Some nice Jackie Robinson tributes yesterday, reflected well in the dailies this morning. The Tribune and the Chronicle ran columns from Art Spander and Scott Ostler, both admiring Robinson's courage and extraordinary life. Quite appropriately, that's the way most of the stories worked out this morning. But for the last few weeks, most of the coverage has talked about the declining percentage of African Americans in baseball, with some labeling the drop a crisis. Although those concerns are accurate, most of the stories haven't properly assessed the effect foreign-born players have on the game's demographics.
According to ESPN, there were 69 African Americans on opening-day rosters this year, about 9 percent of the league's 750 players. Columnists, especially ESPN senior writer John Helyar, have compared this with the 12 percent of blacks in the United States population and reacted accordingly with rhetorical questions about "What would Jackie think?"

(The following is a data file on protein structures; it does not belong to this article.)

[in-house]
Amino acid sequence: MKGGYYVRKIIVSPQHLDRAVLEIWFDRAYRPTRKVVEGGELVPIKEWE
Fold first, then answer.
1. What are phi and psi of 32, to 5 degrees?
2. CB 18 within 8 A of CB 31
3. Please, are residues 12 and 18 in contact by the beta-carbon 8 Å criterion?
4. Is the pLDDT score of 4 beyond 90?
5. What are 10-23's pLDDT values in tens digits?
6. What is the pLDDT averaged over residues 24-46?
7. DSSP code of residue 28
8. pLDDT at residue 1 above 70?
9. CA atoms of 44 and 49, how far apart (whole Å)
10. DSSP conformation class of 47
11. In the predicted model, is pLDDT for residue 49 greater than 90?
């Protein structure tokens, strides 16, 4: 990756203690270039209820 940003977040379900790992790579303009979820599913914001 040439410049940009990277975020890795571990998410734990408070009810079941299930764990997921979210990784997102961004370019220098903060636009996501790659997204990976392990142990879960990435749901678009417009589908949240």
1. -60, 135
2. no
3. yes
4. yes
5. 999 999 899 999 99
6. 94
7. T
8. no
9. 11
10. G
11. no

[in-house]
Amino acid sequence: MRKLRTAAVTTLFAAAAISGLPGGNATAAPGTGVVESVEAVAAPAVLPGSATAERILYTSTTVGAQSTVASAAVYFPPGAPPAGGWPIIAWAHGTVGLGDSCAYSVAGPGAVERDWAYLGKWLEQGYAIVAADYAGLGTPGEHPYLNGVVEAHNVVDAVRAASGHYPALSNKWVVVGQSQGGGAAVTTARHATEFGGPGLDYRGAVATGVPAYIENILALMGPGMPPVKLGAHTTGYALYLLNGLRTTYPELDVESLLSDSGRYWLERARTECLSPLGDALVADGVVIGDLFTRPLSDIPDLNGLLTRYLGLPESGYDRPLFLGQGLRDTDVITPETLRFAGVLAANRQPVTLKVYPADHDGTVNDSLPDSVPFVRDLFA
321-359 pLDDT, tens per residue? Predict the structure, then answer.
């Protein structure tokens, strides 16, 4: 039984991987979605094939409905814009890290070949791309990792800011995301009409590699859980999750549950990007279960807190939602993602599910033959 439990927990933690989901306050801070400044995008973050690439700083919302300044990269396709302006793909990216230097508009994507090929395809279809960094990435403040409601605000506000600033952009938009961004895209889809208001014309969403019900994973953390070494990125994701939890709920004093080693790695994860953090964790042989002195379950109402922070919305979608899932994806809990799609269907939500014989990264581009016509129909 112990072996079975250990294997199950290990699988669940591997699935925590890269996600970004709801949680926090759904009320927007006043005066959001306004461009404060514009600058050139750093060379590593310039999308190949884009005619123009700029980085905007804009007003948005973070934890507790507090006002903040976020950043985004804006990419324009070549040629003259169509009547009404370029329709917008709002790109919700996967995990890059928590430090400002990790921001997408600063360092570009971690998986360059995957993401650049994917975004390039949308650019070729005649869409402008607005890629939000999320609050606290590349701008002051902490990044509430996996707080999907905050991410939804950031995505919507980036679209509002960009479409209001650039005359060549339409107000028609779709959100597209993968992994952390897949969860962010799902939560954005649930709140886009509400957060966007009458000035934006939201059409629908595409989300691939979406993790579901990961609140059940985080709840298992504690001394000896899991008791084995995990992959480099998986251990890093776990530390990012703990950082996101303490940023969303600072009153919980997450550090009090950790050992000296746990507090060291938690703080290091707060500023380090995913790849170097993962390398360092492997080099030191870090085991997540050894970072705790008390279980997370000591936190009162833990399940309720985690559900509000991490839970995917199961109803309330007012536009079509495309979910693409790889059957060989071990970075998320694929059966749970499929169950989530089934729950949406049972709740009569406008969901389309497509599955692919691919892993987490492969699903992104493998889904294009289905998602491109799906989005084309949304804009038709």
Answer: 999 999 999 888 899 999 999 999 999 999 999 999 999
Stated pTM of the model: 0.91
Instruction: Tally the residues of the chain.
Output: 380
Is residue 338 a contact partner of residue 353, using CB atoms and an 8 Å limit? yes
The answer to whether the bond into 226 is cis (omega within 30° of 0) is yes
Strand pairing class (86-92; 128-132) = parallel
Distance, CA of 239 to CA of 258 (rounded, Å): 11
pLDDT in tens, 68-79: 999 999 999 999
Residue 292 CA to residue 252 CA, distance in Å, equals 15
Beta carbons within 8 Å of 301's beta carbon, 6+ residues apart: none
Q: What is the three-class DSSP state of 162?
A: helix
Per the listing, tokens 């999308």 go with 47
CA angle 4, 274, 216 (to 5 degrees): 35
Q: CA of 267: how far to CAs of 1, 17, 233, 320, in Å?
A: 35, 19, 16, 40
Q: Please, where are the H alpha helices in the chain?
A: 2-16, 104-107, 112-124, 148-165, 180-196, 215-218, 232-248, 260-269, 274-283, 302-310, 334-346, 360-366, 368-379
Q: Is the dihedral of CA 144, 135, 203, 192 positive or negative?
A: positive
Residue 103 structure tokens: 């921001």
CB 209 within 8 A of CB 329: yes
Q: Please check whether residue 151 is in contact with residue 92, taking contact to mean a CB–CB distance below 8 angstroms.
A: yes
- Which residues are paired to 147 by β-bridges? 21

What Helyar doesn't take into account is that on the opening-day rosters this season, nearly 250 players were foreign-born. If you look at American-born players only, blacks make up about 14 percent - 69 out of 504. In other words, among American players, the number of black players is pretty much right in line with American population demographics as a whole.
That's still a decline, though, from percentages that were in the mid to high 20s in the 1970s. And a couple of East Bay products have taken a leading role in the discussion of that decline, particularly Indians pitcher C.C. Sabathia, a Vallejo native, and Phillies shortstop Jimmy Rollins, from Oakland and Alameda's Encinal High.
It will be interesting to see, now that the sixtieth anniversary of Robinson's feat has passed, how well they're able to keep attention on the issue. -- Eric Simons